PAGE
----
‘Yukos judgment marks true divorce between Russia and the West’
RT:The International Arbitration Court in the Netherlands has ended a decade long case against Russia brought by shareholders in the defunct Yukos oil company. Why after so many years [did it crop up]today?
Eric Kraus: I think the timing is extremely suspicious. The entire judgment is rotten. Mr. Khodorkovsky was found guilty not only in Russian courts, but that guilty sentence for tax evasion and fraud was upheld by the European Court of Human Rights. It is an outrage that anyone should imagine that Russia is going to pay 50 billion dollars to these criminals.
RT:How will the situation develop? Will Russia pay this sum?
EK: How it is going to develop? Basically this is a judgment which is going to have no real consequences. The Russian state will never pay. The Russian Duma never ratified the treaty under which this judgment has been made. It is not a legally binding judgment. To get settlement from the Russian state is impossible. I would invite you to look at the attempts that have been made to enforce judgments against Argentina, which have failed.
But this judgment is significant as it marks a true divorce between Russia and the West. I personally have been working for 17 years to build economic relations between Russia and the West and we have failed. Russia must now turn away from Western powers and look to the rising world, to the rising countries of the East.
RT:Is there somebody behind such a sudden arbitration decision? Or the International Arbitration Court in the Netherlands has just finally examined the case to pronounce judgment?
EK: Personally I would put the responsibility with Washington, not with Europe. Europe is the tail, Washington is the dog. Europe has not been able to articulate a reasonable foreign policy response, and there are people in Washington who make very good careers out of creating trouble with Russia, out of portraying Russia as the enemy. Russia is not the enemy, but Russia is an independent state with its own needs, its own foreign policy and this obviously does not please Washington.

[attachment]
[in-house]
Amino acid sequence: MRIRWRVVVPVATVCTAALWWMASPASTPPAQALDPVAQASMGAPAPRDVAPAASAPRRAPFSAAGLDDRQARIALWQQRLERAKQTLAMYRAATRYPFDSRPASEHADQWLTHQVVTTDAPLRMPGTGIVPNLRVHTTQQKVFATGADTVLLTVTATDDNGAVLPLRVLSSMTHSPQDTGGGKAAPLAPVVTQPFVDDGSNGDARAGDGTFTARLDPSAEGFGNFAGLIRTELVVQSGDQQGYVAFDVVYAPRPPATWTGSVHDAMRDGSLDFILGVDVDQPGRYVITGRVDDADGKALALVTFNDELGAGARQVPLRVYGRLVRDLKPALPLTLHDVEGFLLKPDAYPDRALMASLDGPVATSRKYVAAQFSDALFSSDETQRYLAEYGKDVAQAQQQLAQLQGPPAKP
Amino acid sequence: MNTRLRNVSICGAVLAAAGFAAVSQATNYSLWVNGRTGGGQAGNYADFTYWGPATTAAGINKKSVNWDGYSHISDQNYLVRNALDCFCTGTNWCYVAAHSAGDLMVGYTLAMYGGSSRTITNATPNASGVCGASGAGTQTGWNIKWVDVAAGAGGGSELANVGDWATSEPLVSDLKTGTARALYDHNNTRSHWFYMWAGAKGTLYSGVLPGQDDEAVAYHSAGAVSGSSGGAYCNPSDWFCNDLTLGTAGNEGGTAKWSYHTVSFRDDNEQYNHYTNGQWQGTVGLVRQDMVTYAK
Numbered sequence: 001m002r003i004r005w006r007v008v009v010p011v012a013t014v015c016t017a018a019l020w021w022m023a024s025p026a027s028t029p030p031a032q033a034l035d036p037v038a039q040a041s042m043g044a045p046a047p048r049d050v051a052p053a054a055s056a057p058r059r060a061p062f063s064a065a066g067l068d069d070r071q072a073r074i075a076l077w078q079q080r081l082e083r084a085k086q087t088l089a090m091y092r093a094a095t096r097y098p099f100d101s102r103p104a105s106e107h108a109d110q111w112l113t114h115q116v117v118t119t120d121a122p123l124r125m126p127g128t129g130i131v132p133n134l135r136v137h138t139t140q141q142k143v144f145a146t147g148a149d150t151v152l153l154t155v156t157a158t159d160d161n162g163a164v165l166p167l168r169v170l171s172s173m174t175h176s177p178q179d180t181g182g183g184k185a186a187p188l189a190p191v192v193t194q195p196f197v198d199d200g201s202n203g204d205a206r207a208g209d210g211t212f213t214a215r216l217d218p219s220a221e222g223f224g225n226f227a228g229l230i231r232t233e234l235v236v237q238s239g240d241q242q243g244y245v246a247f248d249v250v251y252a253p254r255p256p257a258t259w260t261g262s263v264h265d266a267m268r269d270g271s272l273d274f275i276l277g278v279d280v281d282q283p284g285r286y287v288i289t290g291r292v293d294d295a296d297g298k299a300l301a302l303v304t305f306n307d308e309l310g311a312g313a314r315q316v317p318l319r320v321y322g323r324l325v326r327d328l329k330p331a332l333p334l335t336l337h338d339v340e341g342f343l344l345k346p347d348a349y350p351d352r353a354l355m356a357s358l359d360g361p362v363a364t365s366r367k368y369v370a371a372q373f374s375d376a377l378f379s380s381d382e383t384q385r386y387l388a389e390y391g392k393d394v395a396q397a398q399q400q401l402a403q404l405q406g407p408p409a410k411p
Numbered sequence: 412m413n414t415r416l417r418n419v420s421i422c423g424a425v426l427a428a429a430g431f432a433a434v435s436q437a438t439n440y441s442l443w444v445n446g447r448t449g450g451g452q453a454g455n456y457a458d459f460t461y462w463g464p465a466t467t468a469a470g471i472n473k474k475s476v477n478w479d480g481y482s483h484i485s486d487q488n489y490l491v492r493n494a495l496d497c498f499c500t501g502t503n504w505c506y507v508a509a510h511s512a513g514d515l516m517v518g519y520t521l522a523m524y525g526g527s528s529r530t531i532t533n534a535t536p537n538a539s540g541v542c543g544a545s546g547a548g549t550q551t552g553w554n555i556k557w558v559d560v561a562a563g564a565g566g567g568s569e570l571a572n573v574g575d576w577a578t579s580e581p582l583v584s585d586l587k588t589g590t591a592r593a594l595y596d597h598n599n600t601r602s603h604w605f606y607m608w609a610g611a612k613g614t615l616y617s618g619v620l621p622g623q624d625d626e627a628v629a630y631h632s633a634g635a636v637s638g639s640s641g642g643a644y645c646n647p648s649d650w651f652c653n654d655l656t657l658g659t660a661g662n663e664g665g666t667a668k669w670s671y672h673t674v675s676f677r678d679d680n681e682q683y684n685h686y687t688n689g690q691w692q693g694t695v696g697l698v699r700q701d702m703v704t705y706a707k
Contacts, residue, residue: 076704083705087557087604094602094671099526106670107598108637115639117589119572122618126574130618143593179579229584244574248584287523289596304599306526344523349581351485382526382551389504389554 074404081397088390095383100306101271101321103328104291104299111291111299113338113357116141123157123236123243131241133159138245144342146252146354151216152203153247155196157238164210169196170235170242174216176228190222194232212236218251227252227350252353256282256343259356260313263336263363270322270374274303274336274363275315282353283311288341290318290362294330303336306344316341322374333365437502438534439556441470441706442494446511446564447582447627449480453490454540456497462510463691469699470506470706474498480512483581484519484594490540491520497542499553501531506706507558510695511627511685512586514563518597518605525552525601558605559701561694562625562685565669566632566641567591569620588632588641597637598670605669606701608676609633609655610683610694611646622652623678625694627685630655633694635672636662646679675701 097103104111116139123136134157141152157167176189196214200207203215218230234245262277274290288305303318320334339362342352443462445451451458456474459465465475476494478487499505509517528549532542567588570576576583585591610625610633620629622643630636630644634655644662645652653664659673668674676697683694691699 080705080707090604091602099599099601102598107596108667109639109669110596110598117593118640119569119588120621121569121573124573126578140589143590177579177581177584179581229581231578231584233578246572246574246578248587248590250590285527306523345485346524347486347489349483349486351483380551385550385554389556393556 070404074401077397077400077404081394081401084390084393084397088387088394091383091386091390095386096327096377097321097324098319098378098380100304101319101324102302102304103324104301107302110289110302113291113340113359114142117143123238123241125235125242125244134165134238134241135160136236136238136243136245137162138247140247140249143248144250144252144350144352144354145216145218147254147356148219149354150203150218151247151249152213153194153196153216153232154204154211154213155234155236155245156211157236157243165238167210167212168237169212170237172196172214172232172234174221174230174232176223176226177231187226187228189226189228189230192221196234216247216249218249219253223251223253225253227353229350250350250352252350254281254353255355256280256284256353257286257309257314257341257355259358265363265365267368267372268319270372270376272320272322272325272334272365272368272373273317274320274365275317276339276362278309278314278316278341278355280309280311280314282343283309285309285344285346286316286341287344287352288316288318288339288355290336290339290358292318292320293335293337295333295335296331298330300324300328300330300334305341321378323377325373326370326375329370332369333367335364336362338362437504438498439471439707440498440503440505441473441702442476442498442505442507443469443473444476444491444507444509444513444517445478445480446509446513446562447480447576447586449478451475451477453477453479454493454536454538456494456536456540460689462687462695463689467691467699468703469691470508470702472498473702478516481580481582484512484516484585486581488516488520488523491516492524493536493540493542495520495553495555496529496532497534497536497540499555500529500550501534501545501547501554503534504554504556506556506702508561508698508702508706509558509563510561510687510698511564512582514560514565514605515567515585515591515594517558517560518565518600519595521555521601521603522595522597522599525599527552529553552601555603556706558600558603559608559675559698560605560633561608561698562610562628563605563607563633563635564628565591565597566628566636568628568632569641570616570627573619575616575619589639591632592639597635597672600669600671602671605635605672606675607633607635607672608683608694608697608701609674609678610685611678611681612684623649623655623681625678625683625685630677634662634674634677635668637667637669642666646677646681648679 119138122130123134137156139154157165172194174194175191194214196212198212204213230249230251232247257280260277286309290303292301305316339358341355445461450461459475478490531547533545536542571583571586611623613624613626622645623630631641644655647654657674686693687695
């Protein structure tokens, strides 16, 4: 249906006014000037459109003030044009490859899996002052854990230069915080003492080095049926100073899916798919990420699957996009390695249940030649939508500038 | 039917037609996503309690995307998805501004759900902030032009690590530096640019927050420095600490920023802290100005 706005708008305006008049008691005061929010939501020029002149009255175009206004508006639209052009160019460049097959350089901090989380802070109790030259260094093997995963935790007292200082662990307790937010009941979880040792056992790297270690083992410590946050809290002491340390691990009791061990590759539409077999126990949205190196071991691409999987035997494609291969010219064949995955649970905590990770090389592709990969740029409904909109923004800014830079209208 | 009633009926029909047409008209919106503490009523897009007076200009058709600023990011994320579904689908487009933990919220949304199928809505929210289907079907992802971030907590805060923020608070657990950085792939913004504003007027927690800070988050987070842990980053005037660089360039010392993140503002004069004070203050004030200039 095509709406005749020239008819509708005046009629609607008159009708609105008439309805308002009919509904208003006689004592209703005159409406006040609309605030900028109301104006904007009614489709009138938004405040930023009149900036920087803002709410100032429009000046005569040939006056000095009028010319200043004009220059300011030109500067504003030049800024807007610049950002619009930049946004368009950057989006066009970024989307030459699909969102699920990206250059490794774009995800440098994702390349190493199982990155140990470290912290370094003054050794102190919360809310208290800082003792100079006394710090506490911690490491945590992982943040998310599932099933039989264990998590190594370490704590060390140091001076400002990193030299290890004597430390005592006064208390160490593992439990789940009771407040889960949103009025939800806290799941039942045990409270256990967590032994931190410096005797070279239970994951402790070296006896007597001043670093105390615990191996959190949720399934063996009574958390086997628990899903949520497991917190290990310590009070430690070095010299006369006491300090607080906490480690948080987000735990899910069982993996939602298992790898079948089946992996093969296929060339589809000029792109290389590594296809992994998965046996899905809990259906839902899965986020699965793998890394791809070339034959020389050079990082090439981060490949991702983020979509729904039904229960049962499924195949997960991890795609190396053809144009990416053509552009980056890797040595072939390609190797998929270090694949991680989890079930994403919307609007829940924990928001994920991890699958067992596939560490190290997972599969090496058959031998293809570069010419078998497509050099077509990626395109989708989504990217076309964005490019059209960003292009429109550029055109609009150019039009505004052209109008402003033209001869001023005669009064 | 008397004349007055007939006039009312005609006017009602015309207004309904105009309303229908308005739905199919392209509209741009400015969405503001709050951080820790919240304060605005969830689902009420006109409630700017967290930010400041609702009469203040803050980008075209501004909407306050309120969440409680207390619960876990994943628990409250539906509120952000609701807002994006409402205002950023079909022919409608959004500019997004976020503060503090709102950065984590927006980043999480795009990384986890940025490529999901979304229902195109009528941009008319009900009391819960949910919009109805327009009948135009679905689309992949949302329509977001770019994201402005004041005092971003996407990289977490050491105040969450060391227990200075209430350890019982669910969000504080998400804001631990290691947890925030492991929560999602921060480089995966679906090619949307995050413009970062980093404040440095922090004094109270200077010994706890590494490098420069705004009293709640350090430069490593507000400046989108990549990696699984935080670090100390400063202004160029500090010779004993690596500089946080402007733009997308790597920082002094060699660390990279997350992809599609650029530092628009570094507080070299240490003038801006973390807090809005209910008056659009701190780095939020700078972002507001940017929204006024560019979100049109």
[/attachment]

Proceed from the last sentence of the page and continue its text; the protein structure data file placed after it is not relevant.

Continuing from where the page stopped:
RT:Is it a fair decision meaning how much fraud was conducted by the ex-Yukos and Menotep officials?
EK: It strikes me as a very political decision. The West manages to create this illusion of fair play, of rule of law, of fairness in the judicial process, and this is a bad joke. Russia will appeal it but even if they lose an appeal, there is essentially no way to enforce the judgment unless the Russian state decides to pay it, and I do not see the Russian state paying money to a group of murderers and fraudsters. The people who ran Menotep were the worst old-type oligarchs, and Russia is simply not going to pay. There is no mechanism that I am aware of for enforcing payment.
The statements, views and opinions expressed in this column are solely those of the author and do not necessarily represent those of RT.